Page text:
Who could have known a strong and sturdy man can watch his body slowly wither at a young age of 40? The healthy food regime coupled with an active outdoor lifestyle was bettered by his vices of nonstop drinking and smoking. The acceptance stage was the hardest. To be told that he needs to undergo dialysis at least three times a week is devastating enough. The cost of doing so adds insult to the injury.
This story of a father is just one of the many real life situations of young fathers staring death right through its face. After the acceptance stage, they normally feel blessed to have known that their days are coming to an end. This gives them the chance to say everything they’ve been holding back; rectify wrongs done; and make up for all the time lost that were supposedly spent with loved ones.
The following were the usual things a dying father asks of his family:
- Presence. He needs to feel that everyone of his family is there for him. They need not physically be there but keeping in touch by phone or any other way is good enough. At this point in time, he doesn’t ask for anything too much; just love and affection.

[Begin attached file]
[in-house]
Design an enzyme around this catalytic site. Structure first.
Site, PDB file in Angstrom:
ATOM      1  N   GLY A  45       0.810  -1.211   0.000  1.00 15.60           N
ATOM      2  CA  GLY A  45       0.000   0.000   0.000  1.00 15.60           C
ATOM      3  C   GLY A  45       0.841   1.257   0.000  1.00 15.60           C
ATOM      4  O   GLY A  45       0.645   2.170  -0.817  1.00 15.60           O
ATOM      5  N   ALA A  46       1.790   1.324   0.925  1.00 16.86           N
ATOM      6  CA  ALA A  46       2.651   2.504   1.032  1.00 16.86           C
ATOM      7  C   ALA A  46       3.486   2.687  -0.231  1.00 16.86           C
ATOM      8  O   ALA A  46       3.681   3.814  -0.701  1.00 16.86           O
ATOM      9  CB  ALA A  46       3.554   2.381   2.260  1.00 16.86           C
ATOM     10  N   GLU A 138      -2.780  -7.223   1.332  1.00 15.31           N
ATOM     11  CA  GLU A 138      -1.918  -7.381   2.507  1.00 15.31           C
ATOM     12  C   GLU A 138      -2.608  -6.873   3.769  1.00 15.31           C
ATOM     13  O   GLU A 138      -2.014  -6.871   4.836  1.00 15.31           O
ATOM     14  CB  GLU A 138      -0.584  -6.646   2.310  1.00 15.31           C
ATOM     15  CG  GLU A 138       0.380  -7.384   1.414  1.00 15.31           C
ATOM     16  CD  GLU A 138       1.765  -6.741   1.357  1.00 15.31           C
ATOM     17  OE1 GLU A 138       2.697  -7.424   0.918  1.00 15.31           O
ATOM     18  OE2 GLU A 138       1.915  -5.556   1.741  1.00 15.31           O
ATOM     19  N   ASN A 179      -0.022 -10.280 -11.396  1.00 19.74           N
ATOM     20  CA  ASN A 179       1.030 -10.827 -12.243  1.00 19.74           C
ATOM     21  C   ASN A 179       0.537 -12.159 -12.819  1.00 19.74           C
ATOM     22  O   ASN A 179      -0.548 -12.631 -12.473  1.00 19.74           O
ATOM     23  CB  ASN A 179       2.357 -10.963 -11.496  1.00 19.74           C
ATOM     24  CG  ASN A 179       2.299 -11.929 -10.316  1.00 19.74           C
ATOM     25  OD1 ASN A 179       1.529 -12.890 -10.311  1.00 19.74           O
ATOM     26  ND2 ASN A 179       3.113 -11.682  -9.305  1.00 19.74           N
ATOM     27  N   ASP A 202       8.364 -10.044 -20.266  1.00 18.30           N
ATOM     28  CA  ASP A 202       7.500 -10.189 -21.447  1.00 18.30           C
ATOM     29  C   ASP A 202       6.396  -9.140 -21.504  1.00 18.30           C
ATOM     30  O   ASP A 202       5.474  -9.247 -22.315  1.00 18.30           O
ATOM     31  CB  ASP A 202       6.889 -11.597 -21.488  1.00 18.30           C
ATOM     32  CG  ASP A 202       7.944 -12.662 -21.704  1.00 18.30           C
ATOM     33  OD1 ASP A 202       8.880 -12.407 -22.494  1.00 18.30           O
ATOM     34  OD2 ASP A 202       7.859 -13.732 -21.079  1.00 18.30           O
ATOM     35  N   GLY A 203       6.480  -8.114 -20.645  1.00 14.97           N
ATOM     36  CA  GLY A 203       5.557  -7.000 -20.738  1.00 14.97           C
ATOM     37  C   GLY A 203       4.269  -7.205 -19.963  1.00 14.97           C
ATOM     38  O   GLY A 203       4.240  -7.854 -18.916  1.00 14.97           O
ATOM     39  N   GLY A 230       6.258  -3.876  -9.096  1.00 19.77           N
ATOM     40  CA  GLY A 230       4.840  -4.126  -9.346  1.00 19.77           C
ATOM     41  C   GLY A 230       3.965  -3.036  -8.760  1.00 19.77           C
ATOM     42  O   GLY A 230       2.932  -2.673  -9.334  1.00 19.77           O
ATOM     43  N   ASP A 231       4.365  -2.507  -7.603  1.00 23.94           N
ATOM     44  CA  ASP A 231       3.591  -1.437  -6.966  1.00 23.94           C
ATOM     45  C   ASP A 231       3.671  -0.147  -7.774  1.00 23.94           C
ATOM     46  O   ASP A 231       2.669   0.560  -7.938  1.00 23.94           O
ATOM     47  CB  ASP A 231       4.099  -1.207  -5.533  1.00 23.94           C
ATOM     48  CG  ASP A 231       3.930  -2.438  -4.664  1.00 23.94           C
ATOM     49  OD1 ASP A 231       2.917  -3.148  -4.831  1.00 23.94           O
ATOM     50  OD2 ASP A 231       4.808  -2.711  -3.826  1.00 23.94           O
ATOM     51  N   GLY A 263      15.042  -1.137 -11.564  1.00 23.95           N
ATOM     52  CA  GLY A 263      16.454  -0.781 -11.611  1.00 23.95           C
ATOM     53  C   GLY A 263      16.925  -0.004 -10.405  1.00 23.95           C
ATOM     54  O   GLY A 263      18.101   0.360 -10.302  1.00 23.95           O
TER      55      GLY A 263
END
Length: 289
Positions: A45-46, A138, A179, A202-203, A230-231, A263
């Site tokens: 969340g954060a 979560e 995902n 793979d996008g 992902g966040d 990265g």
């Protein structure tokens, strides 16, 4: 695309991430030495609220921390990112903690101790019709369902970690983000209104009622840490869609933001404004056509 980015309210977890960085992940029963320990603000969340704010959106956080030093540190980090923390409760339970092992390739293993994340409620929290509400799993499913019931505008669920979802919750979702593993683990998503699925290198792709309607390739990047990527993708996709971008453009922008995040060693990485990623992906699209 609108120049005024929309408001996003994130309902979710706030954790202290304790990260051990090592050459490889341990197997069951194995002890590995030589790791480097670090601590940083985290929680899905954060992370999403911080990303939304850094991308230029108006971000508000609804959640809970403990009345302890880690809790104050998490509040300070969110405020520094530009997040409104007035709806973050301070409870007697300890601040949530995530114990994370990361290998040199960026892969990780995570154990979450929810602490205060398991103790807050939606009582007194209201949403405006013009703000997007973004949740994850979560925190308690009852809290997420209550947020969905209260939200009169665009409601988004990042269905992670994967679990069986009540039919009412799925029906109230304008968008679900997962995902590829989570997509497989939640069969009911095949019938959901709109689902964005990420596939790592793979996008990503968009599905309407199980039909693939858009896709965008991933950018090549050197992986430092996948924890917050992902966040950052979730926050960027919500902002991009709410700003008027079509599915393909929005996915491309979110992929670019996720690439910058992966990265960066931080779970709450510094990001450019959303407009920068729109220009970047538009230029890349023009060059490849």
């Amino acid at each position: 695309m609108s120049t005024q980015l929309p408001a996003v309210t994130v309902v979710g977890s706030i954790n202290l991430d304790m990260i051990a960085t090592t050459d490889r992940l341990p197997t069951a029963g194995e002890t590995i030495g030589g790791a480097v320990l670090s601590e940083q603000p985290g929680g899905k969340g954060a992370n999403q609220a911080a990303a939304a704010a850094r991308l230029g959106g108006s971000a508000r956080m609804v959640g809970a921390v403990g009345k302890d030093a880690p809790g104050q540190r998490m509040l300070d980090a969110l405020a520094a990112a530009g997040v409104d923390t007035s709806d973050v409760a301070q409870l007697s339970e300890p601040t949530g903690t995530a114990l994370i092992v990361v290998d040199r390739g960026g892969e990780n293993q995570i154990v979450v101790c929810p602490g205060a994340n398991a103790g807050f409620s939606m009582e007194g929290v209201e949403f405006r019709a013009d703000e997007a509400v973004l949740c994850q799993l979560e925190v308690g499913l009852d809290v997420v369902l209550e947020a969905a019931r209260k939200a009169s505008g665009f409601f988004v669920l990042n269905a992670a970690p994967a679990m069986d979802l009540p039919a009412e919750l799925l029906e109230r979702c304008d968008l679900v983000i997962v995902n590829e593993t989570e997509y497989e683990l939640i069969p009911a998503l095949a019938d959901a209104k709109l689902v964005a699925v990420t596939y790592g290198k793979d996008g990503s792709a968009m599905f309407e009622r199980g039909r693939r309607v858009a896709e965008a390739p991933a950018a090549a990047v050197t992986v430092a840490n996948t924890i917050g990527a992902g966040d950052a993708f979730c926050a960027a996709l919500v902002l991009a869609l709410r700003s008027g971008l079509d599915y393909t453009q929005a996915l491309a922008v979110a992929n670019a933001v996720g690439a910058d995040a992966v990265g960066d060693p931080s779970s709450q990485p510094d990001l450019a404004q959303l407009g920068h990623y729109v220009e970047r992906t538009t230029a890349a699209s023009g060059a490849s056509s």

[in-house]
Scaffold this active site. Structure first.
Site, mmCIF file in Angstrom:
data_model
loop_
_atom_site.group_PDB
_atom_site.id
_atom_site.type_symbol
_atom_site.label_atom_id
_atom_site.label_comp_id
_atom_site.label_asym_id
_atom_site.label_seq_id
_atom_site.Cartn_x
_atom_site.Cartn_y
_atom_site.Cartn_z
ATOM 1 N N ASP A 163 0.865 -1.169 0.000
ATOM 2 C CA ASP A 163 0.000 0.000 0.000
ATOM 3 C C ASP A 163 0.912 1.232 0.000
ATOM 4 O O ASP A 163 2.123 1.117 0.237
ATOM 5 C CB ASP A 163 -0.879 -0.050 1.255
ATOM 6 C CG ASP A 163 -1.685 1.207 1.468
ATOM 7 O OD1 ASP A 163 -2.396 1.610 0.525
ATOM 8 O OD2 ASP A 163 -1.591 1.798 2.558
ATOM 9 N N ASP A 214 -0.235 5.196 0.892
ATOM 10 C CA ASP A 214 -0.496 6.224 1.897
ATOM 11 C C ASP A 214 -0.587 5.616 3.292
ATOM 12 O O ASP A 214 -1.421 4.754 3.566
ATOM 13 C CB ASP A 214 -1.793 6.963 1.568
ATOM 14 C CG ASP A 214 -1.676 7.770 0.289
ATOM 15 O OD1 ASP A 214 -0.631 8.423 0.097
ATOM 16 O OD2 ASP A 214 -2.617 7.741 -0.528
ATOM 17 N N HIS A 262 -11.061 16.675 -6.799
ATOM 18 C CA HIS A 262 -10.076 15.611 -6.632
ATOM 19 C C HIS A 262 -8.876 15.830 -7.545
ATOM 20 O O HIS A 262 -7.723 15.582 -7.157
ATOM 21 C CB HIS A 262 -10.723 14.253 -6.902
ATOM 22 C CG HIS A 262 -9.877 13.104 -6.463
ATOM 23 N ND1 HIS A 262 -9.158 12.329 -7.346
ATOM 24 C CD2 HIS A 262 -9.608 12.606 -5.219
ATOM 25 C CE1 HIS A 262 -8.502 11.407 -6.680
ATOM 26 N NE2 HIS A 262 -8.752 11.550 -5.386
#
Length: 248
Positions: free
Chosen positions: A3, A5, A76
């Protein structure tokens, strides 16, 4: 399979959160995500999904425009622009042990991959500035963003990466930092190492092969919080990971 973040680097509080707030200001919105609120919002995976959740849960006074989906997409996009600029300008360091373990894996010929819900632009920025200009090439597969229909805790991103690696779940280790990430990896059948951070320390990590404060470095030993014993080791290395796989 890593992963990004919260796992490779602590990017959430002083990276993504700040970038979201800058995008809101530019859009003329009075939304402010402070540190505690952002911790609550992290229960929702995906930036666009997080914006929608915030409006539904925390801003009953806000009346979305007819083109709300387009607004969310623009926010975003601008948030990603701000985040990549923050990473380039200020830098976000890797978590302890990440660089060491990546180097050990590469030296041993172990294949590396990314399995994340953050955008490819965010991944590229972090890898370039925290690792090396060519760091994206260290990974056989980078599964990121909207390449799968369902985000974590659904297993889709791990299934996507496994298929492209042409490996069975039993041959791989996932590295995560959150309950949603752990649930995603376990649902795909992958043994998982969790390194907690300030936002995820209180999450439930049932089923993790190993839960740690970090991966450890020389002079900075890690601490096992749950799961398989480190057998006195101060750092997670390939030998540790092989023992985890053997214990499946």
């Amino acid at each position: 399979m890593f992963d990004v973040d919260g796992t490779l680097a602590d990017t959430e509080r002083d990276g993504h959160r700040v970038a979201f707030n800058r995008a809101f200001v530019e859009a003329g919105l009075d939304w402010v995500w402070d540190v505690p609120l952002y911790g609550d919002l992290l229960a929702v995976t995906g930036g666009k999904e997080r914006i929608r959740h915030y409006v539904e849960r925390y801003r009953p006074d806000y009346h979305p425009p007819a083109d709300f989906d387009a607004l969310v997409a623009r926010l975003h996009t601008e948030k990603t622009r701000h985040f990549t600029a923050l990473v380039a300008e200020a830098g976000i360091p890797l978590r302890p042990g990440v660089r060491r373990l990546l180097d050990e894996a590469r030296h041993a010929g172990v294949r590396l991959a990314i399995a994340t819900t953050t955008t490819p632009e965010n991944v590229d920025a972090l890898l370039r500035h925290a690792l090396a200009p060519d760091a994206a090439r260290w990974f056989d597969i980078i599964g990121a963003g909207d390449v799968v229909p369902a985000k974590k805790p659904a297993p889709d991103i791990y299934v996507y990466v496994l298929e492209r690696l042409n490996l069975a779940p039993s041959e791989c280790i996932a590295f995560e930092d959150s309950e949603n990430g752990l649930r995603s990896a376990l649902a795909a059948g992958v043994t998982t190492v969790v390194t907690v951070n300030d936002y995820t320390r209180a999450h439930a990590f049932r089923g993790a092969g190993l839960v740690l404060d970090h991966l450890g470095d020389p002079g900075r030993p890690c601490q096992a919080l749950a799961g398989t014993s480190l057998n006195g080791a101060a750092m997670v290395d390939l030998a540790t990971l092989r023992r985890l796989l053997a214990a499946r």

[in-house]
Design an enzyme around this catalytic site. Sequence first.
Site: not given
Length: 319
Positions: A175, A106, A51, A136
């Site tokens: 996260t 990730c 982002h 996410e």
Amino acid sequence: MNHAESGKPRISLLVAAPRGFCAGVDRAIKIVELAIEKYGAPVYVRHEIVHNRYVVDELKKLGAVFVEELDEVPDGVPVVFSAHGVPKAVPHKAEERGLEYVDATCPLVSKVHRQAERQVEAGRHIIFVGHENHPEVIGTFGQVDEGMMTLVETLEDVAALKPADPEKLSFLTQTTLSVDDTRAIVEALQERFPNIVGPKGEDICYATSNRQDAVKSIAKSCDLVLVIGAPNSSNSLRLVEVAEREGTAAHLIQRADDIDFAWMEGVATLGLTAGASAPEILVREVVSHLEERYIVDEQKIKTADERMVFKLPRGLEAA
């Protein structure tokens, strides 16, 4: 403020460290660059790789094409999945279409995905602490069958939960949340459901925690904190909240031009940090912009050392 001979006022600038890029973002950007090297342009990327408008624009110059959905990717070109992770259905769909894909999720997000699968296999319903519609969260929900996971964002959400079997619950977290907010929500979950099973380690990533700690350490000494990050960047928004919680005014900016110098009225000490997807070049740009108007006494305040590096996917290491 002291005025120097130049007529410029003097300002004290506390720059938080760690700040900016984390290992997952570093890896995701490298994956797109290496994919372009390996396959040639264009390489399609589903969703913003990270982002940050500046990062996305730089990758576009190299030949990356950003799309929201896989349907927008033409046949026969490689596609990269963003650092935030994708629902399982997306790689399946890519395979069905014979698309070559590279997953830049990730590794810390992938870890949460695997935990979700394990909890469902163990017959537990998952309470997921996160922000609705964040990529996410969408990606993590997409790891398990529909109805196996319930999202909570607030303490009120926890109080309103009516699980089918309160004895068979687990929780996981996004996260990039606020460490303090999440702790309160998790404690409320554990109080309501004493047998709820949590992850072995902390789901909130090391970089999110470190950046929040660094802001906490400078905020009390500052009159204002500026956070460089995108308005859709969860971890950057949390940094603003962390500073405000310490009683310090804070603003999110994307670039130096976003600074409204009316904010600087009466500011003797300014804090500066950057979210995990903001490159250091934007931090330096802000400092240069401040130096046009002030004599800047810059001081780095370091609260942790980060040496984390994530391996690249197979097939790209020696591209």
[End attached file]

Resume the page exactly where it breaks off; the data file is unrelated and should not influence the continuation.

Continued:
- Indulgence. One thing that a sick and dying father hates the most is the endless limitations on foods, drinks, etc. Let him feel good about life while hanging on the littlest straw of breath he has. The family can do this by letting him indulge sometimes.
- Quick interment. Generally, fathers do not want a long viewing of his dead body. Two or three days are enough. Since almost everyone knows he’s dying, it is expected that most have already paid their respects early on (even while he was still living).
- Funeral arrangement details. It’s quite rare for dying people to have reached this stage before their time has finally come. But for those who do, they express how they want their funeral arrangements done and even go as far as preparing a Funeral Program Template.
- Songs and poems. Like the previous item, dying fathers sometimes even have the time to think of what songs they want played during their funeral and at the time of burial. They may subtly say something about poems they want recited or written on their funeral programs.
These last wishes are not to be taken lightly. Because these have come from the mouth of a dying father, everything must be followed down to the littlest detail.
About the Author:
Shiela Mae Parreno is a writer for the Funeral Program Site.com where you can find beautiful templates for funeral related printed materials. LIKE us on Facebook to gain access to a free template. Follow us visually on Pinterest.